Nature News Roundup, Feb. 20th, 2021

Welcome to the good, the bad, the adorable, & news from valley of the cool sunshine

A tale of two whales: Two highly endangered right whale calves made headlines this week, from opposite sides of the ocean. One story falls into the bad-news column. It washed up dead near St. Augustine, likely the victim of a collision with a sport fishing boat. Divers spotted the other calf off of the Canary Islands in Europe, which was a big surprise as they’ve been extinct on that side of the north Atlantic for some time. The sighting could mean they are starting to move back into their former territory off of Europe and Africa. Right whales are in a lot of trouble for many reasons. Less than 400 remain, and in the last few years 47 have been found dead or seriously injured. To see the more uplifting side of right whales, watch the BBC’s The Life of Mammals, during which you also get to hear David Attenborough, with his delightful accent say, “The male right whale can boast a twelve foot-long penis and the biggest testicles of any animal on earth.”

Some particulate-ly useful balls: In other news from the ocean, scientists in the Mediterranean discovered that seagrass can trap plastic pollution. As the plants sway in the currents, they create natural bundles of fiber called Neptune balls, which can collect and sequester millions of plastic bits. Eventually the balls end up on beaches, and out of the marine environment. Seagrass is a bit of a miracle plant, not just because it lives in salt water, but also because it absorbs 10 to 40 times as much carbon as dry-land forest, while protecting marine life and improving water quality. There are more than 70 species of it, which live from the Arctic to the tropics.

Trickster plants: On land, some plants seem to be equally as uppity. Historically, the herb Fritillaria delavayi, which grows in the Hengduan Mountains of southwest China, sports green leaves and one bright yellow flower. But after being over-harvested by humans, the once colorful plants are now growing gray and brown. Scientists suspect they’re evolving to hid from their main predator, us.

Finally some good climate news: A Paris court found France guilty of not living up to its promises to combat global warming. Four environmental groups had sued, after 2.3 million people signed a petition in favor of doing so. “This should inspire people all over the world to hold their governments accountable for climate change,” said the executive director of Greenpeace France, who also added, “No more blah blah.” As another plaintiff reminded us, it’s not just a victory for France, but “for all the people who are already facing the devastating impact of the climate crisis that our leaders fail to tackle.” The French government aimed to reduce its greenhouse gas emissions by 40 percent by 2030, but so far is not on track for that. Only time will tell if they kick it up a notch, or continue with the blah blahs.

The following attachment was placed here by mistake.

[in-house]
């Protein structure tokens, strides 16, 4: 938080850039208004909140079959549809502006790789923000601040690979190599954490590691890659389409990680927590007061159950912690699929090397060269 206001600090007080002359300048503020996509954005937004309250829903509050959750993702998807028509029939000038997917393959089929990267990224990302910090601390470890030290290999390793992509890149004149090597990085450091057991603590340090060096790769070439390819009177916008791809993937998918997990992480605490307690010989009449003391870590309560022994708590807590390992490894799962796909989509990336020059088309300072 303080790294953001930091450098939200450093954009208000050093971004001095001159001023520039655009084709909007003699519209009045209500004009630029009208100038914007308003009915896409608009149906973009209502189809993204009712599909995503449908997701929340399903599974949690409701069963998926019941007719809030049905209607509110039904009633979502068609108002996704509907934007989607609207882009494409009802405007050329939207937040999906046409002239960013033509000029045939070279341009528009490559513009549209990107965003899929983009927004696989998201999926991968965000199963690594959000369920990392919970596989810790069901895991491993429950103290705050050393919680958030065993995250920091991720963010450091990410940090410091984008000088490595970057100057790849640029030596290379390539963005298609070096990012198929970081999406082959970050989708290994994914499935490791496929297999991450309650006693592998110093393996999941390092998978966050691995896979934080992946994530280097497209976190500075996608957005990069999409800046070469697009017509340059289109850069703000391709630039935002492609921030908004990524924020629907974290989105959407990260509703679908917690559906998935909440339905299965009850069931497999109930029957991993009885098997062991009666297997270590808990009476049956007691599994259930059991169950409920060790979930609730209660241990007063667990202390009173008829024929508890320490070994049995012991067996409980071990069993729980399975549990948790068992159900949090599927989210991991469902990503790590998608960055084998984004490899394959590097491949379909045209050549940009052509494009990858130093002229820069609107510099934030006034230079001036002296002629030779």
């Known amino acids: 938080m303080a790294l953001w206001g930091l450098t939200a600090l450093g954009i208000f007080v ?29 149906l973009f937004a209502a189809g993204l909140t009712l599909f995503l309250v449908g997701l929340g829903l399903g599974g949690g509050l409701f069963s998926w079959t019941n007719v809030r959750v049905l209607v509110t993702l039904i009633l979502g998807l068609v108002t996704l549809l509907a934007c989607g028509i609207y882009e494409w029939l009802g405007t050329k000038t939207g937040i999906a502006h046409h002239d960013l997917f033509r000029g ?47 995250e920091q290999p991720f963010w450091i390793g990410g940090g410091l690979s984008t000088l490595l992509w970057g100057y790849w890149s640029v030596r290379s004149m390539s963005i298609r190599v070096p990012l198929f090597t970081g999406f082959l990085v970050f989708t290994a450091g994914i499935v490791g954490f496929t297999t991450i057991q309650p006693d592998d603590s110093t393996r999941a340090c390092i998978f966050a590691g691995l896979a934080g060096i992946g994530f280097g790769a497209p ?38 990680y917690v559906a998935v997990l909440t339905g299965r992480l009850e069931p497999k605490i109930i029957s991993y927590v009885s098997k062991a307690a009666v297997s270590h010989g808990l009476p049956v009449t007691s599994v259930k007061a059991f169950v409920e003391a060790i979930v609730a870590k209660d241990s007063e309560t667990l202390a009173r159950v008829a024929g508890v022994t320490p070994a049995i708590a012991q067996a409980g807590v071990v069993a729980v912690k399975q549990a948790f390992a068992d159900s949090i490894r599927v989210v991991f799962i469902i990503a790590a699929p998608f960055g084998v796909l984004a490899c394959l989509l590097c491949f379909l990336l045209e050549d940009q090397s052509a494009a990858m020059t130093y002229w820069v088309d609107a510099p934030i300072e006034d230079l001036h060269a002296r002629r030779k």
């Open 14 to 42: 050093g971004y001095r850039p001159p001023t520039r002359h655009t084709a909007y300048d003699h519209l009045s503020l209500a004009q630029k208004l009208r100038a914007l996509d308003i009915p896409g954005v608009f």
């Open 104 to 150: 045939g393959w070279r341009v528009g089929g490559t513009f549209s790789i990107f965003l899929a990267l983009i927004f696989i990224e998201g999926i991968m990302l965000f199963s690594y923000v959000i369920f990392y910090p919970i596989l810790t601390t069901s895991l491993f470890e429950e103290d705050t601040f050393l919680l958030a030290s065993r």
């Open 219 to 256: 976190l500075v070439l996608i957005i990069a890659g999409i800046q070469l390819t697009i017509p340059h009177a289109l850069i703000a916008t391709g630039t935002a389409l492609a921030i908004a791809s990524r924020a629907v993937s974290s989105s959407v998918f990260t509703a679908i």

Followed by some bad news: 8.7 million people died in 2018 as a result of air pollution, a new study finds. That’s one in five total global deaths, and more than all of those who died from both smoking and malaria combined. Much of this could be a thing of the past, if we can replace those smucky fossil-fuel power plants with wind and solar, and get on with electric cars.

And some lip service from Shell: The oil giant set new targets this week to be net zero by 2050, but many environmentalists are calling it greenwashing. While the company says its historic oil production peaked before the pandemic and is now falling for good, the company is ramping up natural gas production by 20 percent. Also, its plan for going carbon neutral depends on technologies that don’t yet exist en masse, like carbon capture, and unrealistic carbon offsetting goals, such as planting trees over an area equivalent to the size of Brazil. Oh yeah, and then there’s this little detail that they’re also continuing to back anti-climate lobby groups.

Something we can help with: Nestlé is selling off its North American water business, and environmental watch-doggers are calling for our help. The Story of Stuff, a group that for years has been documenting the damage of the corporation’s operations to both communities and ecosystems, calls it, “a massive, private transfer of ‘water wealth’ — a resource that belongs to all of us — and a betrayal of communities across the U.S. and Canada.” They are warning that the new private equity firm owners will likely cut costs and corners, leading the brand to “duck its minimal environmental commitments and promises.” To help their efforts, you can sign a petition here, or donate here. And if you want to see what happens in a community where Nestlé prowls, check out the documentary Tapped, which doubles as a good watch on single-use plastics, along with these two good shorts from The Story of Stuff: This Land is Our Land and 5 Things Nestlé Doesn’t Want You to Know.